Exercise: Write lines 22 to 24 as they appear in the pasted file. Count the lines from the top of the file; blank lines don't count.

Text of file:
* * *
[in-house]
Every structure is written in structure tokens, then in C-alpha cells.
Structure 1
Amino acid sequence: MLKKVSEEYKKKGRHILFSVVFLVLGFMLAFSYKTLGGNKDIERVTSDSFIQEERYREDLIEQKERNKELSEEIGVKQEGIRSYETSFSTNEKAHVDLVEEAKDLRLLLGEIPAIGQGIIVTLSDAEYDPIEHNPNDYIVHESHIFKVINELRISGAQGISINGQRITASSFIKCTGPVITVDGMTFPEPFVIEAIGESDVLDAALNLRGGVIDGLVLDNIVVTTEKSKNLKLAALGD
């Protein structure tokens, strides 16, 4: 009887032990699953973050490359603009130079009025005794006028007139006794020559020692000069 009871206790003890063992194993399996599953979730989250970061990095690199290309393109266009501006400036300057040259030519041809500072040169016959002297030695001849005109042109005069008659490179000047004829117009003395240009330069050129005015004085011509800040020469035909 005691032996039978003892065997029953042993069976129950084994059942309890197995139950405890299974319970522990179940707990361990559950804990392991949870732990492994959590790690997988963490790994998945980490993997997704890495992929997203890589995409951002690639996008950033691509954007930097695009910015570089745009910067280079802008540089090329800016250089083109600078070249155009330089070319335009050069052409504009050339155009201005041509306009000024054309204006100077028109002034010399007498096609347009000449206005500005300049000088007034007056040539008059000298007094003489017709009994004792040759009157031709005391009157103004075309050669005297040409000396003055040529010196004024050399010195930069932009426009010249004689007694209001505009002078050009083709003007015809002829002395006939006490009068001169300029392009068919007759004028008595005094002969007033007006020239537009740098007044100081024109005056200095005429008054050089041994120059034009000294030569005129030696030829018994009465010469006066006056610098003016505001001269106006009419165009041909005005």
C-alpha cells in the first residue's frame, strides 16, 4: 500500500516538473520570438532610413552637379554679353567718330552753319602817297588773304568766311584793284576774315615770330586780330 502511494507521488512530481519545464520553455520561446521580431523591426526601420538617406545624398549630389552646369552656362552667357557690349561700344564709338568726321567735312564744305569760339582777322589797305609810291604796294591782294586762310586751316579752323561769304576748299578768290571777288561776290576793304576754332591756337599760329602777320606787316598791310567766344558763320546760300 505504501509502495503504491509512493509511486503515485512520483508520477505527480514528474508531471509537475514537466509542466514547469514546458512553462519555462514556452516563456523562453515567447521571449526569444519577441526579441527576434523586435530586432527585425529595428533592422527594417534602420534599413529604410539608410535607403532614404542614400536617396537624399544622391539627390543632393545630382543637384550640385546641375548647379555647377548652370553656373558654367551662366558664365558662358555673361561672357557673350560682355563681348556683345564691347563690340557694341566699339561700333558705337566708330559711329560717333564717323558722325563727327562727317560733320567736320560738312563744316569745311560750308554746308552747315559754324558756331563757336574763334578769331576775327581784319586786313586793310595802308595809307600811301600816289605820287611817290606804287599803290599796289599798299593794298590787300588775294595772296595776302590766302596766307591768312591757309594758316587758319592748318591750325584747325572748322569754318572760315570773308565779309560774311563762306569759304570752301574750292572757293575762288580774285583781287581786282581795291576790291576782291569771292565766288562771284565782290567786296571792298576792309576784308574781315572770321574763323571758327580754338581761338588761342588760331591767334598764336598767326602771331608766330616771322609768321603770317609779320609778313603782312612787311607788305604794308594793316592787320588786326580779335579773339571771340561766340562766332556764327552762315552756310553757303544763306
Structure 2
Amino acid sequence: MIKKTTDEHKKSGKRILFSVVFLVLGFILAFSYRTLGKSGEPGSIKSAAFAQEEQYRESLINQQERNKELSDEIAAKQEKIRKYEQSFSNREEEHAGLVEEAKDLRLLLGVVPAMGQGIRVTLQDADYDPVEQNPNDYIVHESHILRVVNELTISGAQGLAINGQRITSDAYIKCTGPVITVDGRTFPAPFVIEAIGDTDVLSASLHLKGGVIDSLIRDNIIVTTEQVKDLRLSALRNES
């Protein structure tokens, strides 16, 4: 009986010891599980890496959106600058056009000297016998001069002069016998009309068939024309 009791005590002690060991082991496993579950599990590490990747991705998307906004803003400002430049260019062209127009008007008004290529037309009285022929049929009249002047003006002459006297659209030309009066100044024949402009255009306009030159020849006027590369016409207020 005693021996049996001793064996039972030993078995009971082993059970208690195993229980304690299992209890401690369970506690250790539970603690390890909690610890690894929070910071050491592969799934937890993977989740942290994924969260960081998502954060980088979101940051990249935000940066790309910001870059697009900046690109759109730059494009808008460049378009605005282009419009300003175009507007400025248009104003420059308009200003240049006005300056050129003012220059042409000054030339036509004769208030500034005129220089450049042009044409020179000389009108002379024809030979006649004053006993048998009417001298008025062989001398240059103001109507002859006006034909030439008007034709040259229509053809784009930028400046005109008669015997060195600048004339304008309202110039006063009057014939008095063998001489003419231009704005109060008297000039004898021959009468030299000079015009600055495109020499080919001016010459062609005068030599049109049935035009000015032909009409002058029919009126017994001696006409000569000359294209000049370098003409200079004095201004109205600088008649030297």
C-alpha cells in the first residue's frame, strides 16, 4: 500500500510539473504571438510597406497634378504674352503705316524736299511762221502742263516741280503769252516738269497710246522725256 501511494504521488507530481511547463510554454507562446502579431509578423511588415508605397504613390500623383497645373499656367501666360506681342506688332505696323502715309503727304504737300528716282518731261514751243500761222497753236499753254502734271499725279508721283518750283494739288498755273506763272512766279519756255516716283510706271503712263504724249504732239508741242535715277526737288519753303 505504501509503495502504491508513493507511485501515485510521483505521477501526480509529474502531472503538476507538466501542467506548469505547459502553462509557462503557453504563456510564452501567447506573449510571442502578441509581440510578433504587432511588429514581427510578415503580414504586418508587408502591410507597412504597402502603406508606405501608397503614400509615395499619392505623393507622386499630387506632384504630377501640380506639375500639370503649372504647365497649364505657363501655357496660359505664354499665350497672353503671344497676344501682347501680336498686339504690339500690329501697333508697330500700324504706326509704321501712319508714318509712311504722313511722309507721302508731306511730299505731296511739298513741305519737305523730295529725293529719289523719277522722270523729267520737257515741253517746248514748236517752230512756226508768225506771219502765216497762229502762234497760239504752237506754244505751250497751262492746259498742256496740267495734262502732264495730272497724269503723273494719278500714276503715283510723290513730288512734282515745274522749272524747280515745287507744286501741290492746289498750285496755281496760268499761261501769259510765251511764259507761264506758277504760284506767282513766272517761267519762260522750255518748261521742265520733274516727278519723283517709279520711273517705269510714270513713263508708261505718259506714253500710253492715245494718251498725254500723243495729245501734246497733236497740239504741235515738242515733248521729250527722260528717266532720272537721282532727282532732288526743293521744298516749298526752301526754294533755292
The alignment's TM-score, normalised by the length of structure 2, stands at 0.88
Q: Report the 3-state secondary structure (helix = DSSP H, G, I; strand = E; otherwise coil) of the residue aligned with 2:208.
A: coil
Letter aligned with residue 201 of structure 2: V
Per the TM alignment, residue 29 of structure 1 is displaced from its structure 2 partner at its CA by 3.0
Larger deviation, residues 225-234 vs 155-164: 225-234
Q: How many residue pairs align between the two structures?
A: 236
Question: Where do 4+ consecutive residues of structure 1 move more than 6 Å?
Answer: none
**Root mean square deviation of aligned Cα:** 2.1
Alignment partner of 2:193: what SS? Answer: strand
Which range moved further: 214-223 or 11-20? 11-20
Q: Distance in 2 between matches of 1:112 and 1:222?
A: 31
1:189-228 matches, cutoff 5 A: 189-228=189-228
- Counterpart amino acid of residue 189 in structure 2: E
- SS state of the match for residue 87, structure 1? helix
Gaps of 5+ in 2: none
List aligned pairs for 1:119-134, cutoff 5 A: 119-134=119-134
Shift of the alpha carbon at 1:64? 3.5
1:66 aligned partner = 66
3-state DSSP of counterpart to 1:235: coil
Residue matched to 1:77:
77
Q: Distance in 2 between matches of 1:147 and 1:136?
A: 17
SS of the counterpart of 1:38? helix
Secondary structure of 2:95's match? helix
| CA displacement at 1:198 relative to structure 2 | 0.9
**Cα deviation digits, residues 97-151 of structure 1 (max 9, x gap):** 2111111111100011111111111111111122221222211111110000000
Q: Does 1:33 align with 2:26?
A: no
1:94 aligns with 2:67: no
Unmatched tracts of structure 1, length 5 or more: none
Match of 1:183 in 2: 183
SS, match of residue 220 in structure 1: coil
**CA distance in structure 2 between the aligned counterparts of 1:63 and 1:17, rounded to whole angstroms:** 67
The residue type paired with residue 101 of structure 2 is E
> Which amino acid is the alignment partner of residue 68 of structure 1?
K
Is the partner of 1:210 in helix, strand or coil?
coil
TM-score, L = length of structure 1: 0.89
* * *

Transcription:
Alignment partner of 2:193: what SS? Answer: strand
Which range moved further: 214-223 or 11-20? 11-20
Q: Distance in 2 between matches of 1:112 and 1:222?